Augmenting Old Posts:
- Increase readability/ Scannability – Break up large paragraphs, add relevant headings, add images, diagrams and infographics, add other visual breaks in the text and make the text scannable.
- Beef up the SEO – Sprinkle the focus keyword(s) into the content and into the headings (Title, H1, H2s…) if it isn’t already, link to relevant pages on your site and away from your site, have the blog linked from other performing and related pages. Optimize images by giving them a title and adding an alt-tag so that Google makes sense of it.
- Add content – Some posts talk about a great topic and discuss it well, but they might be missing a key point. If you can catch this, it can be a great opportunity to get a decently performing blog to really start killing it!
- Augment for CRO – Add ‘Call-to-action’ buttons and sections. If someone likes your content, maybe they’ll be interested in learning more from you directly. Make sure to make these offers data based as well. Look at what people are searching to arrive on your post, and address that as best as you can in your call-to-action
- Get those clicks (Optimize CTR) – When you have a post that might be performing, it helps tremendously to write a custom meta description and title tag to be seen in the SERPs. Give people a reason to click your post and give them what they’re getting into.
This is a comparison of roughly six weeks of traffic being compared on one of our client’s older posts that we augmented based on analysis.
These are more of the metrics from that same post that increased after a big augment
And even more of the metrics that went went up, post augment.
Essentially, it was an overall performance increase.
Repurposing/ Recycling Old Posts:
From time to time you’ll run into a situation where an old post performs horribly, but some info on it was actually useful and applicable to your industry. In this case, you can either:
Repurpose the post into a different piece entirely, which means you’ll delete the original and send a redirect to the new one (to pass on any ‘link equity’ it had accumulated). Try to keep the pieces overall topic similar but change the approach to it or the way the topic is handled.
This way you can make sure the topic is still a relevant and useful topic, but change the headings and content and other aspects to assist in tackling the new angle.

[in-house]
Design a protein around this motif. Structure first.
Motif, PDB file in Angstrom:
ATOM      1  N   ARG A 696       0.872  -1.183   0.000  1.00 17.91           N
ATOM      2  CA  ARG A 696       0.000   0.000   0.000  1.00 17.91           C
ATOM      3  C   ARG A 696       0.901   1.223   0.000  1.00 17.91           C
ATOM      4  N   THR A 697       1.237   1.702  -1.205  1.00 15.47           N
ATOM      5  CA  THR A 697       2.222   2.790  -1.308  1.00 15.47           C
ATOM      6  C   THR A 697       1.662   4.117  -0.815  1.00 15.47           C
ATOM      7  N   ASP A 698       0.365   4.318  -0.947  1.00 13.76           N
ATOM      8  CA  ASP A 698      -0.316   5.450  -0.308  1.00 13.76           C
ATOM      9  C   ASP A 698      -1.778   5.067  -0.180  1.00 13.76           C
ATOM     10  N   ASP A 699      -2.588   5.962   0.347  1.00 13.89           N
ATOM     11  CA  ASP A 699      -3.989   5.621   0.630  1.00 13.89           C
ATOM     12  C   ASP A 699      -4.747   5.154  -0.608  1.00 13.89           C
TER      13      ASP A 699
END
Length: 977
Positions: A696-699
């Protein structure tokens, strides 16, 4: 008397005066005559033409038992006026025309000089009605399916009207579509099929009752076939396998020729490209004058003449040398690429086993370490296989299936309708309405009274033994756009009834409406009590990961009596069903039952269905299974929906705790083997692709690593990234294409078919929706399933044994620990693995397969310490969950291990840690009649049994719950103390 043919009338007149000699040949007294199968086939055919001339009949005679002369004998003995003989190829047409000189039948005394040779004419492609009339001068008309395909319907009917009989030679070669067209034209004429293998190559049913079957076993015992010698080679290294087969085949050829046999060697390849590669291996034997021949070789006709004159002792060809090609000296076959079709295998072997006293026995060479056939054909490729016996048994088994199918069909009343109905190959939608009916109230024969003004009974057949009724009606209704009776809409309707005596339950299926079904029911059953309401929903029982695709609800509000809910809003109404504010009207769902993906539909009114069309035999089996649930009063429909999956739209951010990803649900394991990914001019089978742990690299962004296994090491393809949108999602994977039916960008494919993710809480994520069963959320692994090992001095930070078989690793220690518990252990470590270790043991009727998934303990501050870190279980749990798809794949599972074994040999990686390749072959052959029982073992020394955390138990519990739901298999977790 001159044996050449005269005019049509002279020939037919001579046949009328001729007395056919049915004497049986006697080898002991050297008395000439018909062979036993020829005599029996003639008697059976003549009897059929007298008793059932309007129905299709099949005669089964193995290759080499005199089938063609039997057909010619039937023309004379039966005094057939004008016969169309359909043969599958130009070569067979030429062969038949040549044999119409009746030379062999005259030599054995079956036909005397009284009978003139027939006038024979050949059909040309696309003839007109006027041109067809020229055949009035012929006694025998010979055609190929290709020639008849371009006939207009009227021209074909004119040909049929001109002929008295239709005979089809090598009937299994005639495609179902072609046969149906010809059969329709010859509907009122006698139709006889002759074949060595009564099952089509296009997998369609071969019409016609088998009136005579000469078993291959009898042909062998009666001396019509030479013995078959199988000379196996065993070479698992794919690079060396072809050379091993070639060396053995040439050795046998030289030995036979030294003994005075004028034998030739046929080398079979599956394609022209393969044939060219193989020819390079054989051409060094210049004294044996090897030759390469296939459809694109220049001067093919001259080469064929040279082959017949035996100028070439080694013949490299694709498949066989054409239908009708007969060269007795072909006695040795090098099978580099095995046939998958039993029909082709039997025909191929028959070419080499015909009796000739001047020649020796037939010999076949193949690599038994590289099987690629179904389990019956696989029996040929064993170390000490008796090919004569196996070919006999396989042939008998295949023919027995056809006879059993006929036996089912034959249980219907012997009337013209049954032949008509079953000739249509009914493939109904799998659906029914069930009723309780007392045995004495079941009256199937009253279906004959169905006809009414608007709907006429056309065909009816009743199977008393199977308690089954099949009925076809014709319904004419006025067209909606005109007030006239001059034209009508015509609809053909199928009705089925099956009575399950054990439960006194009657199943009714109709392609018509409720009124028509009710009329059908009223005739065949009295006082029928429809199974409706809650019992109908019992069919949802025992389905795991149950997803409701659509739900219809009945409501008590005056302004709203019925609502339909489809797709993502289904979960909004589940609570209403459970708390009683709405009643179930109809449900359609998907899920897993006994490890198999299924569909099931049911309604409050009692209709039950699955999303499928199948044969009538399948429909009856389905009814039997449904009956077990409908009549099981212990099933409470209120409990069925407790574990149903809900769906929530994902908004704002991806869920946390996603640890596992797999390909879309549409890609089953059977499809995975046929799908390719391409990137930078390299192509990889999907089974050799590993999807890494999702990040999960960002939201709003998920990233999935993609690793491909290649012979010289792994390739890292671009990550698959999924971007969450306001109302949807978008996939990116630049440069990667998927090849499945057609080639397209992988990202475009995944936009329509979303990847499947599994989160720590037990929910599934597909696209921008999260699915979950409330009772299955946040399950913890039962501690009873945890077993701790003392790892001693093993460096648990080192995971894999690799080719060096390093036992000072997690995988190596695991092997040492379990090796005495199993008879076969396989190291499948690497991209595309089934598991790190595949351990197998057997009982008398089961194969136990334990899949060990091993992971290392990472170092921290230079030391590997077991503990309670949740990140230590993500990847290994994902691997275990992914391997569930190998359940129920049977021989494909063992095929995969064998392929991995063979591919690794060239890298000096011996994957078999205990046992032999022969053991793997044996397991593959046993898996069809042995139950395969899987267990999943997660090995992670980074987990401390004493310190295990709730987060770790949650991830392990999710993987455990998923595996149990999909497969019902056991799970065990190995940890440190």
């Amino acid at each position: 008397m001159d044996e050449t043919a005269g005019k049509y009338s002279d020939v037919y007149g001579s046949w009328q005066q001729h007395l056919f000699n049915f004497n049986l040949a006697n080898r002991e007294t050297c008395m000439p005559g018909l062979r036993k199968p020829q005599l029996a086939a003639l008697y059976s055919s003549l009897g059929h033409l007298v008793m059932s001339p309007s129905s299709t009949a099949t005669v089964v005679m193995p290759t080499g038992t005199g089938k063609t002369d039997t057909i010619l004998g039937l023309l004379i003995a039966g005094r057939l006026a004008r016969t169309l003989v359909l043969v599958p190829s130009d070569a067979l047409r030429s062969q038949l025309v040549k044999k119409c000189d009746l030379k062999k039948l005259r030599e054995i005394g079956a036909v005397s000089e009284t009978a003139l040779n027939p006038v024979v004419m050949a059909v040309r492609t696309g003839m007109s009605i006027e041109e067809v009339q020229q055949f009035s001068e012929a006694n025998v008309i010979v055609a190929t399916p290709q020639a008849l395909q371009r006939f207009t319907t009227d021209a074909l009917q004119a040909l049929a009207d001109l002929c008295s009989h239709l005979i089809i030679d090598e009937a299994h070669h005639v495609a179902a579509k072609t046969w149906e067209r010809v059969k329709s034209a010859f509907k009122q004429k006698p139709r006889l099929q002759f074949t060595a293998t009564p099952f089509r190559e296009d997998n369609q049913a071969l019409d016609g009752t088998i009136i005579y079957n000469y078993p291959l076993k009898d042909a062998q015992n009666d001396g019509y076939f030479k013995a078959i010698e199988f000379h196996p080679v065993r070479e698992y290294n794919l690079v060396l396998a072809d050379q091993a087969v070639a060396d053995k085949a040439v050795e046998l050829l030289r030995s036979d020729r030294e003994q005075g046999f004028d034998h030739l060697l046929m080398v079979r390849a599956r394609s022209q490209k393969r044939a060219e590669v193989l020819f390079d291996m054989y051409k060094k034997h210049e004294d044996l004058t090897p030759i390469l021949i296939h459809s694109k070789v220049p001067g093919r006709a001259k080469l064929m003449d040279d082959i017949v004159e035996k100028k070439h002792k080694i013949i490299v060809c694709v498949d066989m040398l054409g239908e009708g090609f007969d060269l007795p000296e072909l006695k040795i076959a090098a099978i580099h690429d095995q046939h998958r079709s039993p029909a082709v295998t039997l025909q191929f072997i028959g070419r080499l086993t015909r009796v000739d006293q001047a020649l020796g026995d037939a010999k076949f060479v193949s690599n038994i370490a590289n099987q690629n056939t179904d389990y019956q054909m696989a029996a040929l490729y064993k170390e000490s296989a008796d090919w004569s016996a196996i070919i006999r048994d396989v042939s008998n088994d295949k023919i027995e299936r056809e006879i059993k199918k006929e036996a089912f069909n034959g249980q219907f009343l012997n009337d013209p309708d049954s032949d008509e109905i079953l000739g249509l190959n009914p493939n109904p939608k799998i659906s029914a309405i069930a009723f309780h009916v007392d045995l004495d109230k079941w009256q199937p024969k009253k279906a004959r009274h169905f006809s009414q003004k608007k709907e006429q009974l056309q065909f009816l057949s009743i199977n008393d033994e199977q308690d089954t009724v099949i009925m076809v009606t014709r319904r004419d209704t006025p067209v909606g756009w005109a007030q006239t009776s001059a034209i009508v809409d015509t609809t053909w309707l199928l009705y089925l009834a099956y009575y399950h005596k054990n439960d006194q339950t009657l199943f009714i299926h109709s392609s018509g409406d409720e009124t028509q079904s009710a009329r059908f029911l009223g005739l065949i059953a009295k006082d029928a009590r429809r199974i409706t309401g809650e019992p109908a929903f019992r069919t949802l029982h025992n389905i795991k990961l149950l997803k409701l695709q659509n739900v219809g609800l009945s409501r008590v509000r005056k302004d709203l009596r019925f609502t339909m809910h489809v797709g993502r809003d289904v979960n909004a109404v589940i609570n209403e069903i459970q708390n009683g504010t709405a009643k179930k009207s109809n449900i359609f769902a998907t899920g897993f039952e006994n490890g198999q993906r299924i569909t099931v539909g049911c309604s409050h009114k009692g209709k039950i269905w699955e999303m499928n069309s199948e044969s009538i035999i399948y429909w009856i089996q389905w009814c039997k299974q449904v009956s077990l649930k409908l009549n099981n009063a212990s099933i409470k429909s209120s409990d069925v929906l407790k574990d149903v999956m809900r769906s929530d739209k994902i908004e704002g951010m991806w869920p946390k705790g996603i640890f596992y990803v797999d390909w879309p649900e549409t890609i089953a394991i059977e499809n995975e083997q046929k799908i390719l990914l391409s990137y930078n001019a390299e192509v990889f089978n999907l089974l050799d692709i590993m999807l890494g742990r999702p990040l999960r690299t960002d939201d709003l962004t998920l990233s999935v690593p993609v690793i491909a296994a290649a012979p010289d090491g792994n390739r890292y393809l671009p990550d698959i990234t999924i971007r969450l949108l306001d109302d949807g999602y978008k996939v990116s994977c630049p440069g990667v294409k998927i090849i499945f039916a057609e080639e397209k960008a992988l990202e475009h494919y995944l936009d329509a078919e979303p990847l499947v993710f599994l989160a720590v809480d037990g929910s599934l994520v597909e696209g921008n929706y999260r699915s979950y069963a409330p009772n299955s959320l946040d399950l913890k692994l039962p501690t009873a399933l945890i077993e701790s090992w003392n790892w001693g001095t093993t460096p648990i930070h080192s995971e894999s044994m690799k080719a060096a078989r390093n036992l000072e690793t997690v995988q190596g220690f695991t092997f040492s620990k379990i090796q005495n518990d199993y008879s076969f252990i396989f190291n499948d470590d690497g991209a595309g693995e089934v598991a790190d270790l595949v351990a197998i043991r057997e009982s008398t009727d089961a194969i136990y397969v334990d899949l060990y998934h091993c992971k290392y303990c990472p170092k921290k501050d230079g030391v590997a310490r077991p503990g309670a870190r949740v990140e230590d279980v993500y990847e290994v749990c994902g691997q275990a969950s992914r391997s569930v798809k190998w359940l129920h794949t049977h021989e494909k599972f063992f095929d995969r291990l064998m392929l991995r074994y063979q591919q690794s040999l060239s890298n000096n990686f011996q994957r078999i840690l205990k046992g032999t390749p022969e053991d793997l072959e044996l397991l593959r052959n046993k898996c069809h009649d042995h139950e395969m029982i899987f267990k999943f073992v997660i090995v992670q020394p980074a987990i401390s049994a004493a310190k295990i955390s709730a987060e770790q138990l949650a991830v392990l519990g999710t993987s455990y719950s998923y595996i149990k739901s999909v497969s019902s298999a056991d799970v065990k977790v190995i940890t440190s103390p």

Or you can repurpose that useful content on another page. Not necessarily an entirely new post, but simply adding that content onto a service page or another well-performing blog that’s relevant as well.
Updating Blogs With Present Info:
- Link out to more current information or to the updated resources that you have linked. If you reference a person in another company or a piece of technology that has since changed, make sure to update that info and the outgoing links.
- Change text to the correct tense. ‘Is’ becomes ‘was’ for example.
- Link to your new posts about related topics and let people know it’s an update of that page if so happens to be one.
- Update trend information with what’s actually current for the time.
Approach to Writing New SEO Optimized Blog Content:
Writing and approaching new content should also come from some sort of existing data, in this case, it may not be yours. A number of actions have to take place before you write a new blog post, to ensure as best as you can, that the blog will perform and not be sent into the wind.
Ideating New Blogs
This is typically a more involved and resource intensive process than repurposing/ recycling old content, as it requires more front-loaded work. This front-loading work is crucial to the success of new blogs that haven’t had a long time to gather performance data and slowly build authority.
- Industry Research – This is self-explanatory – talk about what the industry wants to read about. Pick topics based on providing value to the industry.
- Competitor research and analysis – If you’re having trouble spinning full blog topics to write around some of the terms you have selected, don’t hesitate to see what others are writing about. Even if they aren’t direct competitors, they can be a source of information regarding what seems to be ranking for certain terms.
Likewise, if there’s search volume for certain terms, but you don’t see competitors writing about it or using different terminology. You may have come across an opportunity to blow them out of the SERPs with content that will be more relevant to what people are searching.
This is an SEO process that should go hand in hand with industry research. You might think that you have a great idea in your head for a blog that would get so many clicks and it would go wild in performance metrics. But this has to be backed up with data. Guesswork will open up a black hole for your resources to fall into.
To speed this up, you can create a sheet as part of your entire B2B keyword research (a long project involving multiple members of different teams) process that has long tail keywords and use it for blogs, then simply expand upon those queries later.
- The intent of the words
- Involve sales cycles and funnels
- Decent Volume
- Make sure the terms you consider have search volume
- Vary your terminology (LSI terms) while keeping it clear
- Help Google understand what you’re writing about by using terms that are semantically related.
Don’t Let Content Opportunity Slip By
Watch For Overlapping Content